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In $(C_{2}D_{2})_{2}$ the hyperfine structure arises mainly from the quadrupole coupling of the four deuterium atoms. This dimer also exhibits a large amplitude motion consisting of a geared rotation of the two acetylene subunits, during which each deuterium atom is put in turn into the hydrogen bond, thus leading to a change of the electric field gradient tensor for any given deuterium nucleus. The hyperfine structure of $(C_{2}D_{2})_{2}$ should therefore give us important information on the interaction of the quadrupole coupling with the large amplitude motion. The theoretical approach involves setting up a complete quadrupole Hamiltonian for the four deuterium atoms, which is allowed to depend upon the large amplitude coordinate necessary to fully describe the various configurations of the molecule. The mean value of this operator is then evaluated for each of the tunneling levels, which for acetylene dimer1 take the form of nondegenerate A or B type levels, or doubly degenerate E type levels. The unexpected result is that for nondegenerate tunneling levels the calculation of the mean value leads to an effective hyperfine Hamiltonian which is the sum of four one-deuterium hyperfine Hamiltonians, each with the same effective coupling constant. The group $S_{4}$ of the permutations of 4 identical particules can be used to classify the hyperfine energy levels, and symmetry adapted wavefuctions can be constructed prior to the diagonalisation of the hyperfine Hamiltonian. Such an approach is similar to the one used by Wolf, Williams and Weatherly$^{2}$ for $CFCl_{3}$ and $CHCl_{3}$, except that the number of identical particules is increased by one in the present problem. The particular symmetry properties of the effective hyperfine Hamiltonian will be discussed, and we hope to be able to compare predicted hyperfine patterns with data. $^{1}$ G. T. Fraser, R. D. Suenram, F. J. Lovas, A. S, Pine, J. T. Hougen, W. J. Lafferty, and J. S. Muenter, J. Chem. Phys. 89, 6028-6045 (1988). $^{2}$ A. A. Wolf, Q. Williams, and T. L. Weatherly, J. Chem. Phys. 47, 5101-5109 (1967).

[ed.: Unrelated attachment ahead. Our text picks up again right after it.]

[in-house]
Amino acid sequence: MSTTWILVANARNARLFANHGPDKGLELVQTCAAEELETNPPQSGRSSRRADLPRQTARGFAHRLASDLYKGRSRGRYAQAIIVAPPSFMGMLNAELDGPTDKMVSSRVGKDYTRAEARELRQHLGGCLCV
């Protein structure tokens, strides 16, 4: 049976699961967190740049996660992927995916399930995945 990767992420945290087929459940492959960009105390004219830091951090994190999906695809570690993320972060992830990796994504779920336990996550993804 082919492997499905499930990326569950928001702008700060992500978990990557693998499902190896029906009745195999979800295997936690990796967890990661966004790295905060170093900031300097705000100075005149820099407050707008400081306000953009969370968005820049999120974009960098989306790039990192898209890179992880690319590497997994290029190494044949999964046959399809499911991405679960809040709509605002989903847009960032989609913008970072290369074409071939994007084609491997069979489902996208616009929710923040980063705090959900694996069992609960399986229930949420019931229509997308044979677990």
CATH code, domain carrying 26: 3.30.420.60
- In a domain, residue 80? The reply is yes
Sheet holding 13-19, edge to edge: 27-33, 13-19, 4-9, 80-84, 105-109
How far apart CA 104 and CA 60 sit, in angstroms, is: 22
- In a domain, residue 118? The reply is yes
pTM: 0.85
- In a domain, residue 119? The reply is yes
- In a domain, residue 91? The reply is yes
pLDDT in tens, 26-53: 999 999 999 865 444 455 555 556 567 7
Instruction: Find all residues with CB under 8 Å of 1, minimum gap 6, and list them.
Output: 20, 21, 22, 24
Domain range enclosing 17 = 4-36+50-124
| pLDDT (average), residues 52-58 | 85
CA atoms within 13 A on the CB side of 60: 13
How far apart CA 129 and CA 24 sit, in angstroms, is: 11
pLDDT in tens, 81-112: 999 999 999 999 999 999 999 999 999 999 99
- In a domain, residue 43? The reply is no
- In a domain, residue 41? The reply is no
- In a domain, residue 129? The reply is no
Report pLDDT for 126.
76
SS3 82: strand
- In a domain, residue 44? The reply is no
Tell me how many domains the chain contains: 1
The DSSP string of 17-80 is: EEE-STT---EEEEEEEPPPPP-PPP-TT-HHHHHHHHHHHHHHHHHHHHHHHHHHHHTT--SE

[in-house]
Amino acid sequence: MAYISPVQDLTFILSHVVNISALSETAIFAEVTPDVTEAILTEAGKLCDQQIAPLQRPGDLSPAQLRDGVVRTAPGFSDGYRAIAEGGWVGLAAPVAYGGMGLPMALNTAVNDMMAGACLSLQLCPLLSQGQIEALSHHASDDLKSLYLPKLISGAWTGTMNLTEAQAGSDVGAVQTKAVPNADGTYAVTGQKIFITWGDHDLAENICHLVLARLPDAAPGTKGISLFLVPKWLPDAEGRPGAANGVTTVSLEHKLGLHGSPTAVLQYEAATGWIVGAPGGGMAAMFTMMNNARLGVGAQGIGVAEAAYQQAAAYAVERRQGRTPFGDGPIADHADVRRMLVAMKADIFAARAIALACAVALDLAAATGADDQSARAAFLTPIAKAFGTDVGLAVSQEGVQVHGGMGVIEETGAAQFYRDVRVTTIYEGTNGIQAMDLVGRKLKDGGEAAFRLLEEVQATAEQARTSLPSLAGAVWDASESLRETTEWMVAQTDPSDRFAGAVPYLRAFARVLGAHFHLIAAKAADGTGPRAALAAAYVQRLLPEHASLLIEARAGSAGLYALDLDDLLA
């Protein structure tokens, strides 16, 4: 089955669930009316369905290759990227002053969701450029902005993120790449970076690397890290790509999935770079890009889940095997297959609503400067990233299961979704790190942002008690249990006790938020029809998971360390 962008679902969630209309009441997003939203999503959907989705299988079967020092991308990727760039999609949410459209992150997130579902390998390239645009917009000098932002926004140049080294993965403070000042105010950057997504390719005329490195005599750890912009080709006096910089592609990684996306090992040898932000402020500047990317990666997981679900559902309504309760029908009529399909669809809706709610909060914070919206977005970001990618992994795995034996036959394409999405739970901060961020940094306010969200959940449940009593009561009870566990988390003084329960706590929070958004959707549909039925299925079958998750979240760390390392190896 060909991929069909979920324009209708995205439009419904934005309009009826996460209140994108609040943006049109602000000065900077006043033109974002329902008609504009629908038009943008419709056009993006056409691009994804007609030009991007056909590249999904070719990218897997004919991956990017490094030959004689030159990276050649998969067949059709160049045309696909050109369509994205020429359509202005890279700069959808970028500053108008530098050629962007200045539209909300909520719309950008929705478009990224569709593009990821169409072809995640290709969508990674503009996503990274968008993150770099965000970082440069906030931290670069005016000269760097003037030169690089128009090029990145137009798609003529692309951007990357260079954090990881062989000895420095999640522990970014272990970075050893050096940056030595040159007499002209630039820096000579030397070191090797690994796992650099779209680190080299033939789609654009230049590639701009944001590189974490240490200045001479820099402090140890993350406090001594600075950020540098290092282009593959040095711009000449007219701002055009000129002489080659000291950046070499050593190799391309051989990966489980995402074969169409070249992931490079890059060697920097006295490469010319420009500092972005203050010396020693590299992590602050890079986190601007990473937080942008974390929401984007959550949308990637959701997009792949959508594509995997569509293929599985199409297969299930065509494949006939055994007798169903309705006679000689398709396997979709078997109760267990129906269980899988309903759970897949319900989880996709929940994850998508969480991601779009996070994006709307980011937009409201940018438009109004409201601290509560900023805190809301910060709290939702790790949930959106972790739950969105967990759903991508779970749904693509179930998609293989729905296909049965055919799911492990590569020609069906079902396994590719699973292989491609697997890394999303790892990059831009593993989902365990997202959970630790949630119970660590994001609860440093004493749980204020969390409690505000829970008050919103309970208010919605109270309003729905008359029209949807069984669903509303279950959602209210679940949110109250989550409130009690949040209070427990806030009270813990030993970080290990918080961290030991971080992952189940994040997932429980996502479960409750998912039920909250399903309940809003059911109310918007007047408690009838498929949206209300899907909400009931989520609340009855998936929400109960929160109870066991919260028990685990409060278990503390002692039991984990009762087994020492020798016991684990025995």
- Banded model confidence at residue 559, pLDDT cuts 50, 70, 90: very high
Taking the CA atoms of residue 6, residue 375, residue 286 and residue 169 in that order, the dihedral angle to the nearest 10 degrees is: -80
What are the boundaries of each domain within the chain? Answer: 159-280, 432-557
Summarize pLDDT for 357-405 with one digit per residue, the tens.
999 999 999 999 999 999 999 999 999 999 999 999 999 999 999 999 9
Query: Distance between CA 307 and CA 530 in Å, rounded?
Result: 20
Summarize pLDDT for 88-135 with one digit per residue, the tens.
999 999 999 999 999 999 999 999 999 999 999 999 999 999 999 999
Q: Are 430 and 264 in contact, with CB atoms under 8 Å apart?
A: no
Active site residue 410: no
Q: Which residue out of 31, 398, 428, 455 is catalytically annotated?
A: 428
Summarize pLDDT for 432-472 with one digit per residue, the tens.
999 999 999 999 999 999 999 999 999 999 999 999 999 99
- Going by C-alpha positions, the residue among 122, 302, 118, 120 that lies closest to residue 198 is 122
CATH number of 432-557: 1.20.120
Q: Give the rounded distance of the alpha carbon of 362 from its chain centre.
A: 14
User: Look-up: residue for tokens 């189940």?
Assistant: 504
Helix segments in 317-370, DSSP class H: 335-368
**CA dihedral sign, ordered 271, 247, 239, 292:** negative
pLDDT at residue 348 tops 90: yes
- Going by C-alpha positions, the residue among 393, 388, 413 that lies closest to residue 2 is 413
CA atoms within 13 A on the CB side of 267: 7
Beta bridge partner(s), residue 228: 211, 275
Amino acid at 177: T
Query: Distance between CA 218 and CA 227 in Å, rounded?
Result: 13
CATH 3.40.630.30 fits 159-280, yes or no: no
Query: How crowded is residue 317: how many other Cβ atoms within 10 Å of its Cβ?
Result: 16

Author Institution: Molecular Spectroscopy Division, National Institute of Standards and Technology